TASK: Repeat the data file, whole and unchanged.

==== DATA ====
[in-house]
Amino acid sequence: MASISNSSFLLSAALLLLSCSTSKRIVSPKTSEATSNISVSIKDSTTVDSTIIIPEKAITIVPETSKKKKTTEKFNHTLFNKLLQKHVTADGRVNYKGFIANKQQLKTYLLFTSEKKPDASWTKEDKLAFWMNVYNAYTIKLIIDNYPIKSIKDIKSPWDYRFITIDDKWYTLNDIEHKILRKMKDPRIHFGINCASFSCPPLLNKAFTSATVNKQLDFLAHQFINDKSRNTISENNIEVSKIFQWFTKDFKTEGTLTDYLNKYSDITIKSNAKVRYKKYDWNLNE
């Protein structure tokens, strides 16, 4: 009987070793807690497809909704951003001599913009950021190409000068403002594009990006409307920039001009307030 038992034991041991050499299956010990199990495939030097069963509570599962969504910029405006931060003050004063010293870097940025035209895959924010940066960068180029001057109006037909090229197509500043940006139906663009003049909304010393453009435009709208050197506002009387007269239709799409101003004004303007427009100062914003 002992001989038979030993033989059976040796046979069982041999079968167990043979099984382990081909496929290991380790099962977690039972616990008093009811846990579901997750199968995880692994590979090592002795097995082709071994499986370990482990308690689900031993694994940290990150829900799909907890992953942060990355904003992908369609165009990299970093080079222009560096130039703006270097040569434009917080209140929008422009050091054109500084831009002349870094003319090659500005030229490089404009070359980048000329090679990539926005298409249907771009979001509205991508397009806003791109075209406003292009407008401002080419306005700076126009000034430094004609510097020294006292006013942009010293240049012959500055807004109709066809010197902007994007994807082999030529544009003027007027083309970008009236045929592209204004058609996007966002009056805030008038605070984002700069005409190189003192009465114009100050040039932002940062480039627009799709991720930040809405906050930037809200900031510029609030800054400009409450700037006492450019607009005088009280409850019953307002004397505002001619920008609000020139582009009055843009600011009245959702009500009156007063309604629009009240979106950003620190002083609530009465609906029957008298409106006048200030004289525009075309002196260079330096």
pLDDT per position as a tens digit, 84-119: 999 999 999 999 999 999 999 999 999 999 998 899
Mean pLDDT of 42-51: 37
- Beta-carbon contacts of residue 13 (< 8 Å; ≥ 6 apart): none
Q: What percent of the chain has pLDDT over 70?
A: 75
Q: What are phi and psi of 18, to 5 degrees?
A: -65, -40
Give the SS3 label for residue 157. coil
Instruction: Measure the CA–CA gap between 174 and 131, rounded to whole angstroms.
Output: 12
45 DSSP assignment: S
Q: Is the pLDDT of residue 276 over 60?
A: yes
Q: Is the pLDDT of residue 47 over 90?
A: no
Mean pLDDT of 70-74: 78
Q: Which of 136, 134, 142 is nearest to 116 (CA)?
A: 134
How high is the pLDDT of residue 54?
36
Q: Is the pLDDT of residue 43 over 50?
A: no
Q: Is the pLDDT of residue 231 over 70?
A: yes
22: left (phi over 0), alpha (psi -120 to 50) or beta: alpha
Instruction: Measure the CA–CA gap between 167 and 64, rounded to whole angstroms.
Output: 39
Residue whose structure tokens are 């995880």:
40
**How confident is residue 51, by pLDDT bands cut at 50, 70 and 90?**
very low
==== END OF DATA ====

[in-house]
Amino acid sequence: MASISNSSFLLSAALLLLSCSTSKRIVSPKTSEATSNISVSIKDSTTVDSTIIIPEKAITIVPETSKKKKTTEKFNHTLFNKLLQKHVTADGRVNYKGFIANKQQLKTYLLFTSEKKPDASWTKEDKLAFWMNVYNAYTIKLIIDNYPIKSIKDIKSPWDYRFITIDDKWYTLNDIEHKILRKMKDPRIHFGINCASFSCPPLLNKAFTSATVNKQLDFLAHQFINDKSRNTISENNIEVSKIFQWFTKDFKTEGTLTDYLNKYSDITIKSNAKVRYKKYDWNLNE
């Protein structure tokens, strides 16, 4: 009987070793807690497809909704951003001599913009950021190409000068403002594009990006409307920039001009307030 038992034991041991050499299956010990199990495939030097069963509570599962969504910029405006931060003050004063010293870097940025035209895959924010940066960068180029001057109006037909090229197509500043940006139906663009003049909304010393453009435009709208050197506002009387007269239709799409101003004004303007427009100062914003 002992001989038979030993033989059976040796046979069982041999079968167990043979099984382990081909496929290991380790099962977690039972616990008093009811846990579901997750199968995880692994590979090592002795097995082709071994499986370990482990308690689900031993694994940290990150829900799909907890992953942060990355904003992908369609165009990299970093080079222009560096130039703006270097040569434009917080209140929008422009050091054109500084831009002349870094003319090659500005030229490089404009070359980048000329090679990539926005298409249907771009979001509205991508397009806003791109075209406003292009407008401002080419306005700076126009000034430094004609510097020294006292006013942009010293240049012959500055807004109709066809010197902007994007994807082999030529544009003027007027083309970008009236045929592209204004058609996007966002009056805030008038605070984002700069005409190189003192009465114009100050040039932002940062480039627009799709991720930040809405906050930037809200900031510029609030800054400009409450700037006492450019607009005088009280409850019953307002004397505002001619920008609000020139582009009055843009600011009245959702009500009156007063309604629009009240979106950003620190002083609530009465609906029957008298409106006048200030004289525009075309002196260079330096």
pLDDT per position as a tens digit, 84-119: 999 999 999 999 999 999 999 999 999 999 998 899
Mean pLDDT of 42-51: 37
- Beta-carbon contacts of residue 13 (< 8 Å; ≥ 6 apart): none
Q: What percent of the chain has pLDDT over 70?
A: 75
Q: What are phi and psi of 18, to 5 degrees?
A: -65, -40
Give the SS3 label for residue 157. coil
Instruction: Measure the CA–CA gap between 174 and 131, rounded to whole angstroms.
Output: 12
45 DSSP assignment: S
Q: Is the pLDDT of residue 276 over 60?
A: yes
Q: Is the pLDDT of residue 47 over 90?
A: no
Mean pLDDT of 70-74: 78
Q: Which of 136, 134, 142 is nearest to 116 (CA)?
A: 134
How high is the pLDDT of residue 54?
36
Q: Is the pLDDT of residue 43 over 50?
A: no
Q: Is the pLDDT of residue 231 over 70?
A: yes
22: left (phi over 0), alpha (psi -120 to 50) or beta: alpha
Instruction: Measure the CA–CA gap between 167 and 64, rounded to whole angstroms.
Output: 39
Residue whose structure tokens are 């995880």:
40
**How confident is residue 51, by pLDDT bands cut at 50, 70 and 90?**
very low